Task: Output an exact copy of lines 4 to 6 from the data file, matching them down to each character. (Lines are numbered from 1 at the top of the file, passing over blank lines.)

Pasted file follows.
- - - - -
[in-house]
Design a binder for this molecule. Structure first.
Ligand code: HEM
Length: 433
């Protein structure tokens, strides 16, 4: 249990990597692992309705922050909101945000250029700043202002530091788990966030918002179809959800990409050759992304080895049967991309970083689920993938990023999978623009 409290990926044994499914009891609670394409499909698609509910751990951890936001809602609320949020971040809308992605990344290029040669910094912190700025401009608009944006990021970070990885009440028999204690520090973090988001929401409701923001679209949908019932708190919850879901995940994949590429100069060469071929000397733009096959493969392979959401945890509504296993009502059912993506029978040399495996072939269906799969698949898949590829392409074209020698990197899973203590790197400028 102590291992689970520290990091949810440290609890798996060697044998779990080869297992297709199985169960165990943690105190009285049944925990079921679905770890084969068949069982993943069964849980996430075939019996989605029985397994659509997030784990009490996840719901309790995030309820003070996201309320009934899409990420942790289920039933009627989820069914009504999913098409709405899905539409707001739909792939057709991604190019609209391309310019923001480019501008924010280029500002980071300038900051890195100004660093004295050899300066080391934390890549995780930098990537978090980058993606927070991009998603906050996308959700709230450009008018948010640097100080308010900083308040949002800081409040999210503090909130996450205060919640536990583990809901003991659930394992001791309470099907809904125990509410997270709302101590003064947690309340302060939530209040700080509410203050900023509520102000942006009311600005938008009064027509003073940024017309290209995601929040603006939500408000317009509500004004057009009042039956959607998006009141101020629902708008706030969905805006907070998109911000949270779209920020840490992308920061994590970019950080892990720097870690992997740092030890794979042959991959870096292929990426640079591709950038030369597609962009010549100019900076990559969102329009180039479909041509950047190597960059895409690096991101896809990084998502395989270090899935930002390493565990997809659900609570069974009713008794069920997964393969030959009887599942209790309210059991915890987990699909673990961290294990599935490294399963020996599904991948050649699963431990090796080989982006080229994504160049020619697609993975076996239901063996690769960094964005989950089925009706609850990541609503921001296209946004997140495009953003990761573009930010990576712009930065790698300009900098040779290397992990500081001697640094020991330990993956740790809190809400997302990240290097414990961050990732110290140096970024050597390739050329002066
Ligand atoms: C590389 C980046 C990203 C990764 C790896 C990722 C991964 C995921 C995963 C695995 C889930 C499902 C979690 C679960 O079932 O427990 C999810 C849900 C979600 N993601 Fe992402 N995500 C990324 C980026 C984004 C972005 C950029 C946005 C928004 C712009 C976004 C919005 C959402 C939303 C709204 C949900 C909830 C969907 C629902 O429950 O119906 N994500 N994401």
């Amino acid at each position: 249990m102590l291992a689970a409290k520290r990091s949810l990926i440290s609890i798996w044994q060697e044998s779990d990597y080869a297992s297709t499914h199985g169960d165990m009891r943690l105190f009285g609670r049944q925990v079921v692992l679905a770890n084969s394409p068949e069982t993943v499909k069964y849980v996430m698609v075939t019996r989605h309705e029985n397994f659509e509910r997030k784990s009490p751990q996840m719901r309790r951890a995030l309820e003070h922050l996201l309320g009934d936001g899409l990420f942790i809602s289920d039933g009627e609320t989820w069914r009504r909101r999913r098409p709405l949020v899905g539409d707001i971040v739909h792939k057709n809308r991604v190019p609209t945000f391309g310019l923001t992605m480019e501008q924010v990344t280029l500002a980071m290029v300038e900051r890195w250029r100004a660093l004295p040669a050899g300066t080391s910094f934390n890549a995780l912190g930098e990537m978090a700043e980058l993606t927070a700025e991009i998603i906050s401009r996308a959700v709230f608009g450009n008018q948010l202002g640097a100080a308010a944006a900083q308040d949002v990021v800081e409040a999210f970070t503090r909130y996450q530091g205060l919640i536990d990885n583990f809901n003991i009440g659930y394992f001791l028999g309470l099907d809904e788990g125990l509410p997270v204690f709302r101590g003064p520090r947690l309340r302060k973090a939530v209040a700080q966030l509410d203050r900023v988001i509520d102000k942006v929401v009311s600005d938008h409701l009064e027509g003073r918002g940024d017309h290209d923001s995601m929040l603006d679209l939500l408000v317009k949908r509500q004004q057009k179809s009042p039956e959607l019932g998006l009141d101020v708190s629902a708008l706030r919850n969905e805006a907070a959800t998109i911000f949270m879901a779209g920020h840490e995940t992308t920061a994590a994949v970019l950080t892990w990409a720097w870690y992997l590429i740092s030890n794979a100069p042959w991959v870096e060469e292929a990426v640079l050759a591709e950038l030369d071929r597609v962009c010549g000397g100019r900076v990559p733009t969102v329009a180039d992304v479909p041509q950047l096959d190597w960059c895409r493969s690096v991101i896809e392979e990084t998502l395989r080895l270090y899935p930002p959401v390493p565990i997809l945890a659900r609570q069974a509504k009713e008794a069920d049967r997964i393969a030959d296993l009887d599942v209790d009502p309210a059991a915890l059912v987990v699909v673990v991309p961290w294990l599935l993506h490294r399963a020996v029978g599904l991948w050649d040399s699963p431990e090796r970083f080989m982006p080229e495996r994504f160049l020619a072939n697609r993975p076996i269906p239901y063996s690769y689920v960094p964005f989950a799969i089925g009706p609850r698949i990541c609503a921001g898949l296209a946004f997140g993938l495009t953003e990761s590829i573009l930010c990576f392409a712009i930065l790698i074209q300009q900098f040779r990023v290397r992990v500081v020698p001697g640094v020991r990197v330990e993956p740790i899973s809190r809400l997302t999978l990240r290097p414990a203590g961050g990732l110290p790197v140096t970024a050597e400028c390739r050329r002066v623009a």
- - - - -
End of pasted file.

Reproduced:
Length: 433
């Protein structure tokens, strides 16, 4: 249990990597692992309705922050909101945000250029700043202002530091788990966030918002179809959800990409050759992304080895049967991309970083689920993938990023999978623009 409290990926044994499914009891609670394409499909698609509910751990951890936001809602609320949020971040809308992605990344290029040669910094912190700025401009608009944006990021970070990885009440028999204690520090973090988001929401409701923001679209949908019932708190919850879901995940994949590429100069060469071929000397733009096959493969392979959401945890509504296993009502059912993506029978040399495996072939269906799969698949898949590829392409074209020698990197899973203590790197400028 102590291992689970520290990091949810440290609890798996060697044998779990080869297992297709199985169960165990943690105190009285049944925990079921679905770890084969068949069982993943069964849980996430075939019996989605029985397994659509997030784990009490996840719901309790995030309820003070996201309320009934899409990420942790289920039933009627989820069914009504999913098409709405899905539409707001739909792939057709991604190019609209391309310019923001480019501008924010280029500002980071300038900051890195100004660093004295050899300066080391934390890549995780930098990537978090980058993606927070991009998603906050996308959700709230450009008018948010640097100080308010900083308040949002800081409040999210503090909130996450205060919640536990583990809901003991659930394992001791309470099907809904125990509410997270709302101590003064947690309340302060939530209040700080509410203050900023509520102000942006009311600005938008009064027509003073940024017309290209995601929040603006939500408000317009509500004004057009009042039956959607998006009141101020629902708008706030969905805006907070998109911000949270779209920020840490992308920061994590970019950080892990720097870690992997740092030890794979042959991959870096292929990426640079591709950038030369597609962009010549100019900076990559969102329009180039479909041509950047190597960059895409690096991101896809990084998502395989270090899935930002390493565990997809659900609570069974009713008794069920997964393969030959009887599942209790309210059991915890987990699909673990961290294990599935490294399963020996599904991948050649699963431990090796080989982006080229994504160049020619697609993975076996239901063996690769960094964005989950089925009706609850990541609503921001296209946004997140495009953003990761573009930010990576712009930065790698300009900098040779290397992990500081001697640094020991330990993956740790809190809400997302990240290097414990961050990732110290140096970024050597390739050329002066
Ligand atoms: C590389 C980046 C990203 C990764 C790896 C990722 C991964 C995921 C995963 C695995 C889930 C499902 C979690 C679960 O079932 O427990 C999810 C849900 C979600 N993601 Fe992402 N995500 C990324 C980026 C984004 C972005 C950029 C946005 C928004 C712009 C976004 C919005 C959402 C939303 C709204 C949900 C909830 C969907 C629902 O429950 O119906 N994500 N994401």